The bank’s approach to receivables finance involves a comprehensive portfolio-based strategy, where the goal is to expand the range of counterparties and increase the portion of buyers captured.

“In the post-pandemic era, there has been a significant shift in corporate strategy towards portfolio monetisation instead of bilateral financing. While risk mitigation was initially prioritised, the focus now lies on off-balance structures,” says Ganjoo. “As companies expand globally, cross-border risks have increased, leading banks to utilise extensive credit insurance wraps for portfolio coverage.

Insurers are now showing greater interest in diverse industries, and innovative structured solutions are being pursued worldwide. We expect this trend will persist throughout the next decade.”



Elsewhere, there has been an uptick in demand for the bank’s short-term T&WC loans, with its portfolio having been boosted by several billion dollars.

“Given the volatility in the financial markets, credit spreads have significantly widened, leading to a substantial increase in the cost of capital. Consequently, trade loans and banking debt more broadly have become crucial as a means for companies to finance their business. As a result, there has been a notable increase in demand overall for our T&WC products,” says Christian MacDonald, Citi’s Global Head of Trade and Working Capital Loans.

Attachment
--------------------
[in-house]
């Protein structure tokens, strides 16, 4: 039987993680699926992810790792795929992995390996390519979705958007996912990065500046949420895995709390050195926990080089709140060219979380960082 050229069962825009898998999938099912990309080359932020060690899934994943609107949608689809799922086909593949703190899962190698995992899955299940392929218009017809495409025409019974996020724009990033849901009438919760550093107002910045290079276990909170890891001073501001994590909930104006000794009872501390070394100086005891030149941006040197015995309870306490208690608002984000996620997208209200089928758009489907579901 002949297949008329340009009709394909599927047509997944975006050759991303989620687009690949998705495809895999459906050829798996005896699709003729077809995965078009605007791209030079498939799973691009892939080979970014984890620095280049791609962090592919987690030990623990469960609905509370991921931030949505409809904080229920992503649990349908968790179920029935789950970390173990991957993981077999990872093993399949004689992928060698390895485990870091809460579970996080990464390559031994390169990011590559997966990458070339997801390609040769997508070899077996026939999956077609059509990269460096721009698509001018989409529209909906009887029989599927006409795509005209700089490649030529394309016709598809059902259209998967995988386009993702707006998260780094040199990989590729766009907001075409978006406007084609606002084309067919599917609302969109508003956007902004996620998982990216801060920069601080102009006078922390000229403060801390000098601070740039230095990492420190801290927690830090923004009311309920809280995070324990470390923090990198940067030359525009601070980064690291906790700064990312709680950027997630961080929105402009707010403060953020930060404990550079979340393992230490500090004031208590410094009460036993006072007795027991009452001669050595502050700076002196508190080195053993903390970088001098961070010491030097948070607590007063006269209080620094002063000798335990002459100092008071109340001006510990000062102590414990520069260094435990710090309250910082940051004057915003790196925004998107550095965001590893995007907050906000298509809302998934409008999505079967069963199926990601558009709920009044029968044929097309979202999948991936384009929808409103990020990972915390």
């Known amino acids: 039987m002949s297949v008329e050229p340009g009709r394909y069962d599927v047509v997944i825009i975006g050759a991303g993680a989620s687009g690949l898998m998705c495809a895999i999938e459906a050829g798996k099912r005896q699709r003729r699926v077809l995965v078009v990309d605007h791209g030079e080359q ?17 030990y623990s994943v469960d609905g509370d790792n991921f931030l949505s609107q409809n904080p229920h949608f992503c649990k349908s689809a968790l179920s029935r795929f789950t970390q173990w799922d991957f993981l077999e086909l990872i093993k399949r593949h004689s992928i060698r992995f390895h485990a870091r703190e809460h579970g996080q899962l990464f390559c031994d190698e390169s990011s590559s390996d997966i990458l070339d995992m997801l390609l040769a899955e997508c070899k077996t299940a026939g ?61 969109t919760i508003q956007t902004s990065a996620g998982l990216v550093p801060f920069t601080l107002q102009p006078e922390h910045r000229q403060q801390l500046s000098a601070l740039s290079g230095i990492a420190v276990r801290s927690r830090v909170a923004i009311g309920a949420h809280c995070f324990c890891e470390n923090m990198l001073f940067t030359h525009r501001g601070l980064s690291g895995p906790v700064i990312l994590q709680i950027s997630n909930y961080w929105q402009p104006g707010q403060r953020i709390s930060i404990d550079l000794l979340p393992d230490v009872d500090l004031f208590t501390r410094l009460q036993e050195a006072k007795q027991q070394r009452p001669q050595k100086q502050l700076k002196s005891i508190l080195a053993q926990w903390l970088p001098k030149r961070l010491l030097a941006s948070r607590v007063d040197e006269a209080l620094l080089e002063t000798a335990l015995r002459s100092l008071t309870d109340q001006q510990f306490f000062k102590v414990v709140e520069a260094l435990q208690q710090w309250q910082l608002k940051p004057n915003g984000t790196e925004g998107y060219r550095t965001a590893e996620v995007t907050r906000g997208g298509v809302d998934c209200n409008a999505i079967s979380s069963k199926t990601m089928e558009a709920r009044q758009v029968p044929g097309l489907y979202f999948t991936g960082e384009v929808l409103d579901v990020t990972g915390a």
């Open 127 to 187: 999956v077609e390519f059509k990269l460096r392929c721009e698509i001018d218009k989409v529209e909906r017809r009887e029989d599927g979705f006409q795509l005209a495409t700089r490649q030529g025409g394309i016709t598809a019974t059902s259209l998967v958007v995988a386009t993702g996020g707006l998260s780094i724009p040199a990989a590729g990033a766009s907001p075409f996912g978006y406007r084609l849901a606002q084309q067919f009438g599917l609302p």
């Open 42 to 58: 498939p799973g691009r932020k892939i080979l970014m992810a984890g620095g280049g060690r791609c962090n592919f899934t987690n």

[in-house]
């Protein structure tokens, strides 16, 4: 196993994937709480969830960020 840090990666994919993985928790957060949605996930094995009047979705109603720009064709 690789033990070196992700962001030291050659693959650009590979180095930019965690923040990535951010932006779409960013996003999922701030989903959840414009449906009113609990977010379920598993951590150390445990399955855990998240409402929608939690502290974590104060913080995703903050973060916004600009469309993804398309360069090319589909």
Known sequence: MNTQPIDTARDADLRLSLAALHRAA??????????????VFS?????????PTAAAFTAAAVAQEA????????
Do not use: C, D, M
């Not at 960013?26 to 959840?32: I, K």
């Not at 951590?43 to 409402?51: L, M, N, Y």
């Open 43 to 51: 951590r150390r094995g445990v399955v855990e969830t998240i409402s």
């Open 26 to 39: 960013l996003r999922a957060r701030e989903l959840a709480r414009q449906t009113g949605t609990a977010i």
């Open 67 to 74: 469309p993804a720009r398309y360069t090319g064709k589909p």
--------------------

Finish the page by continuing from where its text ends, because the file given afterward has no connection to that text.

“In an environment of substantial uncertainty, maintaining sufficient working capital becomes even more crucial for the day-to-day operation of businesses compared to a stable setting.”

The bank’s eLoan digital platform, available via CitiDirect BE, is now available in 72 countries. Use of the platform, where documents can be uploaded, processed and tracked digitally, has risen significantly.

Citi’s innovative approach to trade and working capital is evident in growing demand within new sectors, including shipping pool financing. In 2023, the bank was awarded a Marine Money Ship Finance ‘Deal of the Year’ for structuring a US$150mn uncommitted credit facility for Maersk Tankers to strengthen its pools’ working capital and improve cash flow for pool partners in a volatile and high tanker rate environment.